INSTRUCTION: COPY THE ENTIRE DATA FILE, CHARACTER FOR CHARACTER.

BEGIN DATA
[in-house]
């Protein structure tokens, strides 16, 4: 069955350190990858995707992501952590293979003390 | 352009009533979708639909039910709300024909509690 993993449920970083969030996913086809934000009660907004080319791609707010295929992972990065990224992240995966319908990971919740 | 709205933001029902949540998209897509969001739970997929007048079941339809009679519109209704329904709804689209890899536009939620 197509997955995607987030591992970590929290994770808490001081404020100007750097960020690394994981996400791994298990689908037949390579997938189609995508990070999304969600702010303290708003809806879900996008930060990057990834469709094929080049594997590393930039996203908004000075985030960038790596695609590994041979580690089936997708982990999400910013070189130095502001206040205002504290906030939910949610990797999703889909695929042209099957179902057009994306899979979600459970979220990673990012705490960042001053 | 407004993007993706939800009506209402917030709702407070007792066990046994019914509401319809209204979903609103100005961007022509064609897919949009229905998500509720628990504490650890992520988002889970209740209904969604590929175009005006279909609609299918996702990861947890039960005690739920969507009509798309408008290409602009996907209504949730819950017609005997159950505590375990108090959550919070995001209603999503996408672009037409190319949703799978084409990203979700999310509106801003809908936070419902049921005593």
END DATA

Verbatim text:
[in-house]
């Protein structure tokens, strides 16, 4: 069955350190990858995707992501952590293979003390 | 352009009533979708639909039910709300024909509690 993993449920970083969030996913086809934000009660907004080319791609707010295929992972990065990224992240995966319908990971919740 | 709205933001029902949540998209897509969001739970997929007048079941339809009679519109209704329904709804689209890899536009939620 197509997955995607987030591992970590929290994770808490001081404020100007750097960020690394994981996400791994298990689908037949390579997938189609995508990070999304969600702010303290708003809806879900996008930060990057990834469709094929080049594997590393930039996203908004000075985030960038790596695609590994041979580690089936997708982990999400910013070189130095502001206040205002504290906030939910949610990797999703889909695929042209099957179902057009994306899979979600459970979220990673990012705490960042001053 | 407004993007993706939800009506209402917030709702407070007792066990046994019914509401319809209204979903609103100005961007022509064609897919949009229905998500509720628990504490650890992520988002889970209740209904969604590929175009005006279909609609299918996702990861947890039960005690739920969507009509798309408008290409602009996907209504949730819950017609005997159950505590375990108090959550919070995001209603999503996408672009037409190319949703799978084409990203979700999310509106801003809908936070419902049921005593």